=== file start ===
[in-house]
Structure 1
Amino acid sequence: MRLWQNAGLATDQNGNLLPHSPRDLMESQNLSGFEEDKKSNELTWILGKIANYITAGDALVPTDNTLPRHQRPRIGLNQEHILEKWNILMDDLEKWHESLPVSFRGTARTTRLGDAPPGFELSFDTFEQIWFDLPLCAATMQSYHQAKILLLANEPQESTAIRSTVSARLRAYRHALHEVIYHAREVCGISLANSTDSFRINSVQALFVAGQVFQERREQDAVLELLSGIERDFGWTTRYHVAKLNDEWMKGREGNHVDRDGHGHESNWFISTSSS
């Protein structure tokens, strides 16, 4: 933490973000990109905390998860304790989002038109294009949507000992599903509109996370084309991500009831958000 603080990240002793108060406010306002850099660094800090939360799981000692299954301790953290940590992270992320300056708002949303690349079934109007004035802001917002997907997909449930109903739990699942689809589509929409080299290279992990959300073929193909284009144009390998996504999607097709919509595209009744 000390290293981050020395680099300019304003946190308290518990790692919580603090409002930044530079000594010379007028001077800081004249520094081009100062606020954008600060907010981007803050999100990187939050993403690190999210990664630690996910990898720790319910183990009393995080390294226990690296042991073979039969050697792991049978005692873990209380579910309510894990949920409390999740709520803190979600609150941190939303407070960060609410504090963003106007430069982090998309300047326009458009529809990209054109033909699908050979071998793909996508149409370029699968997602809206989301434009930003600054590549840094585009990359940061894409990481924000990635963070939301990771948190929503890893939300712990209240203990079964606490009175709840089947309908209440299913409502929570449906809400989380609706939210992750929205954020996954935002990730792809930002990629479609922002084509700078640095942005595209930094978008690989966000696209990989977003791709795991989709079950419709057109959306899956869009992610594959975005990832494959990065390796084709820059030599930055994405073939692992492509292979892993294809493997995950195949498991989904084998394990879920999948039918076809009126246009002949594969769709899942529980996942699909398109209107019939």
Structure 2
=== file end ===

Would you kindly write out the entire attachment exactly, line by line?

[in-house]
Structure 1
Amino acid sequence: MRLWQNAGLATDQNGNLLPHSPRDLMESQNLSGFEEDKKSNELTWILGKIANYITAGDALVPTDNTLPRHQRPRIGLNQEHILEKWNILMDDLEKWHESLPVSFRGTARTTRLGDAPPGFELSFDTFEQIWFDLPLCAATMQSYHQAKILLLANEPQESTAIRSTVSARLRAYRHALHEVIYHAREVCGISLANSTDSFRINSVQALFVAGQVFQERREQDAVLELLSGIERDFGWTTRYHVAKLNDEWMKGREGNHVDRDGHGHESNWFISTSSS
């Protein structure tokens, strides 16, 4: 933490973000990109905390998860304790989002038109294009949507000992599903509109996370084309991500009831958000 603080990240002793108060406010306002850099660094800090939360799981000692299954301790953290940590992270992320300056708002949303690349079934109007004035802001917002997907997909449930109903739990699942689809589509929409080299290279992990959300073929193909284009144009390998996504999607097709919509595209009744 000390290293981050020395680099300019304003946190308290518990790692919580603090409002930044530079000594010379007028001077800081004249520094081009100062606020954008600060907010981007803050999100990187939050993403690190999210990664630690996910990898720790319910183990009393995080390294226990690296042991073979039969050697792991049978005692873990209380579910309510894990949920409390999740709520803190979600609150941190939303407070960060609410504090963003106007430069982090998309300047326009458009529809990209054109033909699908050979071998793909996508149409370029699968997602809206989301434009930003600054590549840094585009990359940061894409990481924000990635963070939301990771948190929503890893939300712990209240203990079964606490009175709840089947309908209440299913409502929570449906809400989380609706939210992750929205954020996954935002990730792809930002990629479609922002084509700078640095942005595209930094978008690989966000696209990989977003791709795991989709079950419709057109959306899956869009992610594959975005990832494959990065390796084709820059030599930055994405073939692992492509292979892993294809493997995950195949498991989904084998394990879920999948039918076809009126246009002949594969769709899942529980996942699909398109209107019939």
Structure 2